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There are several signs that labour might be starting, including:

  • contractions or tightenings
  • a “show”, when the plug of mucus from your cervix (entrance to your womb, or uterus) comes away
  • backache
  • an urge to go to the toilet, which is caused by your baby’s head pressing on your bowel
  • your waters breaking (rupture of membranes)

The early (latent) stage of labour can take some time.

Call your midwife or the maternity advice line on 0300 422 5541 if:

  • your waters break
  • you’re bleeding
  • your baby is moving less than usual
  • you’re less than 37 weeks pregnant and think you might be in labour

Labour happens in three clear stages:

  • First stage: when contractions gradually open up the cervix, which is the neck of your womb (uterus).The first stage of labour can include a period of early labour, often referred to as the latent phase of labour. This is followed by active labour, and the transitional phase.
  • Second stage: when you push your baby out into the world.
  • Third stage: when you deliver the placenta.

Read more about the stages of labour.

Monitoring your baby in labour

Your midwife will monitor you and your baby throughout labour to make sure you’re both coping well.

This will include using a small handheld device to listen to your baby’s heart every 15 minutes. You’ll be free to move around as much as you want.

Your midwife may suggest electronic monitoring if there are any concerns about you or your baby, or you choose to have an epidural.

Electronic monitoring involves strapping two plastic pads to your bump, and possibly a clip attached to the baby’s head (a foetal scalp monitor). These are attached to a monitor that shows your baby’s heartbeat and your contractions.

You can ask to be monitored electronically even if there are no concerns. Having electronic monitoring can sometimes restrict how much you can move around.

If you have electronic monitoring with pads on your bump because there are concerns about your baby’s heartbeat, you can take the monitor off if your baby’s heartbeat turns out to be fine.

A foetal scalp monitor will usually only be removed just as your baby is born, not before.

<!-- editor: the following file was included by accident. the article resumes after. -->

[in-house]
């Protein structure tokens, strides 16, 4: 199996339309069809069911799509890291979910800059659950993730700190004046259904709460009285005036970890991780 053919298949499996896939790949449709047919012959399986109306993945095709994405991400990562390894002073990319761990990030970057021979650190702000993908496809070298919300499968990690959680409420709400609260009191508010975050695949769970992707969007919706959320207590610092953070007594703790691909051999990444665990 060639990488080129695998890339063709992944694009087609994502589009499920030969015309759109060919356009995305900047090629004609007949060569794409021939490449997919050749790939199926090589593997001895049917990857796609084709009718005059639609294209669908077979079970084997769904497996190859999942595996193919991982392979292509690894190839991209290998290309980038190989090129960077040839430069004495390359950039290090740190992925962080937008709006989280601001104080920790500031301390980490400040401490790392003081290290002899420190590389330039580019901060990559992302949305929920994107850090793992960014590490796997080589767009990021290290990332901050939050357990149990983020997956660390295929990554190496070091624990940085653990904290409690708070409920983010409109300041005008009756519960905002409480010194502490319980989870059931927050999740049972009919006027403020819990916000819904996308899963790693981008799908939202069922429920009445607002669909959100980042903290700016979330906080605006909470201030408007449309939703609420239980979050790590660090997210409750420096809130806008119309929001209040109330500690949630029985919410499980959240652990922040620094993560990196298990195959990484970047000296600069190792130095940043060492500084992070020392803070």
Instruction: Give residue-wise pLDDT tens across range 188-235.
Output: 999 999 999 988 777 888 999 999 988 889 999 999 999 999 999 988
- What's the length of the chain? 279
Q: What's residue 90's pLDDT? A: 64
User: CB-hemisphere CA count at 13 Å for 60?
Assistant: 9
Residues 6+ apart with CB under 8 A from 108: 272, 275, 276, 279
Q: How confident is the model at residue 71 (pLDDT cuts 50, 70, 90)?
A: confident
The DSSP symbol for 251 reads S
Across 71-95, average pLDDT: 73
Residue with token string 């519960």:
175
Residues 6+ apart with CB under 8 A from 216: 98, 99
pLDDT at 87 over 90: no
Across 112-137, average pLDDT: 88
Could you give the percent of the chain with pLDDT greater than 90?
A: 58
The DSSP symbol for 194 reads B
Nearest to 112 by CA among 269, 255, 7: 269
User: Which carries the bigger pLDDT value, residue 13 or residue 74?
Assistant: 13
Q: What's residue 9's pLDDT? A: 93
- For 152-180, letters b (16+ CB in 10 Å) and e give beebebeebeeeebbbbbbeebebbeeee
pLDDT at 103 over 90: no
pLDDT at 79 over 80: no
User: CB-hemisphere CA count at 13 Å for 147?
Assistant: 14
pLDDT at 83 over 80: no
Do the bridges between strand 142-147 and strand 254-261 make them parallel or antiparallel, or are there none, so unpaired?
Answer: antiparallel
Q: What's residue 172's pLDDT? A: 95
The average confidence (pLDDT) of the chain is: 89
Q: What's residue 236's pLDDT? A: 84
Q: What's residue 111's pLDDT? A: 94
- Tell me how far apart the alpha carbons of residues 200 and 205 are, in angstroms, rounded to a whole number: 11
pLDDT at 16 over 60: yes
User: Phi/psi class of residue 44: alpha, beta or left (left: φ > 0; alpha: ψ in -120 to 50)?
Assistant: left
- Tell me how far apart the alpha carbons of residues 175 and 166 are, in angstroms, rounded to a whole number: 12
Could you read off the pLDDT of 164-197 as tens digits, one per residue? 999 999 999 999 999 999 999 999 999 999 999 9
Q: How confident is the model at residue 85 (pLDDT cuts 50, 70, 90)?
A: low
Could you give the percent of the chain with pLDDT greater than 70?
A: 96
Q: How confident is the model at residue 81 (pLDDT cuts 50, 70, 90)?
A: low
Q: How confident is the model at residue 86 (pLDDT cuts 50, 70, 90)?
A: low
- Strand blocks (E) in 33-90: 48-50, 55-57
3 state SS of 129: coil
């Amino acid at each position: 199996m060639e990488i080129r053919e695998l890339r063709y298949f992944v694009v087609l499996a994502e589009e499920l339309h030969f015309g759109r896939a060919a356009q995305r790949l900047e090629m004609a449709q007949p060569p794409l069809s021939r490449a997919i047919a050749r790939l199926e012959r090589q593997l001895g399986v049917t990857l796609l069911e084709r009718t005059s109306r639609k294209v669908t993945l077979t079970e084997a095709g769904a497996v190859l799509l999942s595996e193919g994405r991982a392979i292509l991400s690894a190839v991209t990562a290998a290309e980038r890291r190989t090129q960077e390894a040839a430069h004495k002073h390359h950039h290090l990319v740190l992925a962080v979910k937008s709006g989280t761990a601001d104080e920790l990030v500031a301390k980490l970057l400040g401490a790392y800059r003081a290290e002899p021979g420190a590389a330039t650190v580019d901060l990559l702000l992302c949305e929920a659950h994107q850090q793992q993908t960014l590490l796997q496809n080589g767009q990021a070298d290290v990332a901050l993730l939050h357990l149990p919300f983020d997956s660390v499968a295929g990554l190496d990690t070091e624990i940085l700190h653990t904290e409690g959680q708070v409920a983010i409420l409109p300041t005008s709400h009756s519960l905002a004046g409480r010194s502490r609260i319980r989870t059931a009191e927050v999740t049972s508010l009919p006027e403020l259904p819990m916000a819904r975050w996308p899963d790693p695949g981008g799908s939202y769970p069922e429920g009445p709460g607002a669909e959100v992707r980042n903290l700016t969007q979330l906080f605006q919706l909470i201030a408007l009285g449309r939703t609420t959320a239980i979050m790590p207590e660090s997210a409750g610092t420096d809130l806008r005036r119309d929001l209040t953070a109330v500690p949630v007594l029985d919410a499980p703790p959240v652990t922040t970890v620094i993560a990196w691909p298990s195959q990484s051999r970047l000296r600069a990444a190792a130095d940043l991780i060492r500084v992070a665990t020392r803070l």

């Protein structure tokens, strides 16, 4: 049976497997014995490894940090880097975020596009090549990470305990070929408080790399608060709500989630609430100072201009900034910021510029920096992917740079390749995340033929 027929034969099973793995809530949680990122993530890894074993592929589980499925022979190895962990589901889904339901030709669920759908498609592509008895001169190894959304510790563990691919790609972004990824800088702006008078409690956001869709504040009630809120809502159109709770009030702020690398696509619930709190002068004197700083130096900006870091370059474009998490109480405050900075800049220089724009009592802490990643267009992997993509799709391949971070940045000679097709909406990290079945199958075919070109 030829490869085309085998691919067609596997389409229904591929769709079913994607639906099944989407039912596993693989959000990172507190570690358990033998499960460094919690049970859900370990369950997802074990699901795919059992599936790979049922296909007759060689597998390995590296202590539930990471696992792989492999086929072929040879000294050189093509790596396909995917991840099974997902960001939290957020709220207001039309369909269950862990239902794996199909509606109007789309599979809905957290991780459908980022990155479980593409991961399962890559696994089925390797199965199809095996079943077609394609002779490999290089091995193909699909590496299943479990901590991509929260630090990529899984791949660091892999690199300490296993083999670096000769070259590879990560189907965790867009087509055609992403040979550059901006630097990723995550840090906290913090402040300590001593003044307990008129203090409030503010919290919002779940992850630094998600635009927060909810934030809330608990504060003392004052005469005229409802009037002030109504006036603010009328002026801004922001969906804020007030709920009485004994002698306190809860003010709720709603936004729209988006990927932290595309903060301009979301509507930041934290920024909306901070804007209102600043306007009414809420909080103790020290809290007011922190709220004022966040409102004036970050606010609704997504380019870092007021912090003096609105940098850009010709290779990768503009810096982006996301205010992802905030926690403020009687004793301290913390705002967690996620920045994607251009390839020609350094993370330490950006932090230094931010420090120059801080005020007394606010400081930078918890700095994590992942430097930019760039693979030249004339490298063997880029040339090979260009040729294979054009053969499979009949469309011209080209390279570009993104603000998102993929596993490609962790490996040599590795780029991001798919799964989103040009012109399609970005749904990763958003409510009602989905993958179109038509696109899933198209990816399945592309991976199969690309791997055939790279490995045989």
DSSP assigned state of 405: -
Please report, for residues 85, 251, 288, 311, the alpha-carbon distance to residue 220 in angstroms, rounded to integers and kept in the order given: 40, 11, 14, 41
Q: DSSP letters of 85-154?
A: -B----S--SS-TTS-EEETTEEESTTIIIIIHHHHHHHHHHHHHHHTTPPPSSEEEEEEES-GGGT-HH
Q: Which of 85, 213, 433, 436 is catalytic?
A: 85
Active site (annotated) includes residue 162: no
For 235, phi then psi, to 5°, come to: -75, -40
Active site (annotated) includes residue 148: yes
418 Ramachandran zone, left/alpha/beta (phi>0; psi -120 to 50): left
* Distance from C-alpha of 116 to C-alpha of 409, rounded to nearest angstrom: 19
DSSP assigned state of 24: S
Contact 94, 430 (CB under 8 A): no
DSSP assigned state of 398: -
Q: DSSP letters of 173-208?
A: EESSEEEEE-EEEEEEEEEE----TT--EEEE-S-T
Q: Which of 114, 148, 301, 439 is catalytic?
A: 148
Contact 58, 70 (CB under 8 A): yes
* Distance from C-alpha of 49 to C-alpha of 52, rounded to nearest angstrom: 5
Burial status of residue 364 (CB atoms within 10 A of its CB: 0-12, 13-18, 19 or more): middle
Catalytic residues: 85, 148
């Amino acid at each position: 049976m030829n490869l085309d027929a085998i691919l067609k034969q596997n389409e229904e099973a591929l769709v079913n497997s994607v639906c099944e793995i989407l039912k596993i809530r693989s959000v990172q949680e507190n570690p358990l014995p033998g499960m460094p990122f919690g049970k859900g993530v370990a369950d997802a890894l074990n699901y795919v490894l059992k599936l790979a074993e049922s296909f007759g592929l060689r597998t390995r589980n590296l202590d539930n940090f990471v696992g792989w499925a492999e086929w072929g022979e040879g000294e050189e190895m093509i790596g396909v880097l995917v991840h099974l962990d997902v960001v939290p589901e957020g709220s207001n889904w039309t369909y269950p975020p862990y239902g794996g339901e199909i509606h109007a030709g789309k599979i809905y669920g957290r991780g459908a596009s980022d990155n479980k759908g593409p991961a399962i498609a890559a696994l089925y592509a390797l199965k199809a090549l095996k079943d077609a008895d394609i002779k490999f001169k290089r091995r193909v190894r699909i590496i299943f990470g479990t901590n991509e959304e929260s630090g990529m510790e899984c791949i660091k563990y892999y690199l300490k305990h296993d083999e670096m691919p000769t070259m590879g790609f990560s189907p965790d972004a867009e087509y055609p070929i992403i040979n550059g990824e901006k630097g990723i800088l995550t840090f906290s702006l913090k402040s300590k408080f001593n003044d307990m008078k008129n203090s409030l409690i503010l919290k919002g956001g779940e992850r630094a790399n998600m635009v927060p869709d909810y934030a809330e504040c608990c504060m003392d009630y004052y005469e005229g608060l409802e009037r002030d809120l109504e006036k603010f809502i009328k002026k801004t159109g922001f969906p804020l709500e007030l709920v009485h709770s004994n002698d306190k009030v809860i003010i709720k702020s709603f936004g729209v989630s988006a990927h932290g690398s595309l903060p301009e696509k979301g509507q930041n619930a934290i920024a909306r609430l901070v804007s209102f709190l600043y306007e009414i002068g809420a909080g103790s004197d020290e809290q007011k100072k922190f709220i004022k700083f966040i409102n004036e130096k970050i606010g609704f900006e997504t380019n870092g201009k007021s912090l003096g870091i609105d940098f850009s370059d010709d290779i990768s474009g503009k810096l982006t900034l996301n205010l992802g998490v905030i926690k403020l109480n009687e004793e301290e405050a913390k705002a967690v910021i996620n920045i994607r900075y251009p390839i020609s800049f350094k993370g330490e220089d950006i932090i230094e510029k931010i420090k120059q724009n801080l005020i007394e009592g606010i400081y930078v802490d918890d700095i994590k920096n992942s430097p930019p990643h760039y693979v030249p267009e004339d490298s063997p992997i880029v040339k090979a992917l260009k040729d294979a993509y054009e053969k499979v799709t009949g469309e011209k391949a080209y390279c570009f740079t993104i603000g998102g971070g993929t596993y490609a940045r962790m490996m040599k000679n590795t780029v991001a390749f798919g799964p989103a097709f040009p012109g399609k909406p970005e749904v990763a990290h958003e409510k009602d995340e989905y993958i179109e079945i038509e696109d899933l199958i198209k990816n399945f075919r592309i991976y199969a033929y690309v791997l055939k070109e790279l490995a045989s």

You can discuss your options for pain relief with your community midwife. You may wish to write them in your birth plan, but remember you need to keep an open mind. You may find you want more pain relief than you’d planned, or the midwife caring for you in labour may suggest more effective pain relief to help you.

Read more about the different options for managing your pain in labour.



Sometimes labour can be slower than expected or during the birth you or your baby may need some extra help. If there are concerns for the wellbeing of you or your baby during labour or birth you will be offered medical intervention. Your consent will be required before any treatment is given, therefore any treatment will be explained so that you can make an informed choice.



A caesarean may be recommended as a planned (elective) procedure or done in an emergency if it’s thought a vaginal birth is too risky.

Some women choose to have a caesarean for non-medical reasons. If you ask your midwife or doctor for a caesarean when there aren’t medical reasons, they will explain the overall benefits and risks of a caesarean compared with a vaginal birth.

Read more about caesarean section birth.


It’s important to understand your birth options if you are expecting more than one baby. Twins and triplets are more likely to be born early and need special care after birth than single babies.

It’s a good idea to discuss your birth options with your midwife or consultant early on in your pregnancy. You’ll normally be advised to give birth in a hospital as there’s a higher chance of complications with twins.

Read more about giving birth to twins.


Many women who have had a caesarean section go on to safely have a vaginal birth in a future pregnancy. Your obstetrician will meet with you during your pregnancy to discuss your individual circumstances and advise you on whether VBAC is suitable for you.

For more information about your options following a previous caesarean section.

Find out more about vaginal birth after caesarean in this film, featuring a mum talking about her experience of going through it, and local midwife Jo.


It’s a good idea to also know what to expect straight after your baby is born.

Your baby can be lifted onto you as soon as they’re born and before the cord is cut so you can be close to each other straight away. Your baby is then dried and covered with a towel to stop them getting cold. You can continue to hold and cuddle your baby. Your baby may have some of your blood on their skin and perhaps vernix, the greasy white substance that protects your baby’s skin in the womb.

If you prefer, you can ask the midwife to dry your baby and wrap them in a blanket before your cuddle.



Recovering from giving birth vaginally can take anything from a few days up to a few months. Find advice on post-birth care here. 

Recovering from a caesarean may take longer. You may be in hospital for a few days after a caesarean section, and may need to take things easy for several weeks. Read about recovering from a caesarean section.

For more information about your recovery in the days and weeks after you give birth, head to the You and Your Baby page.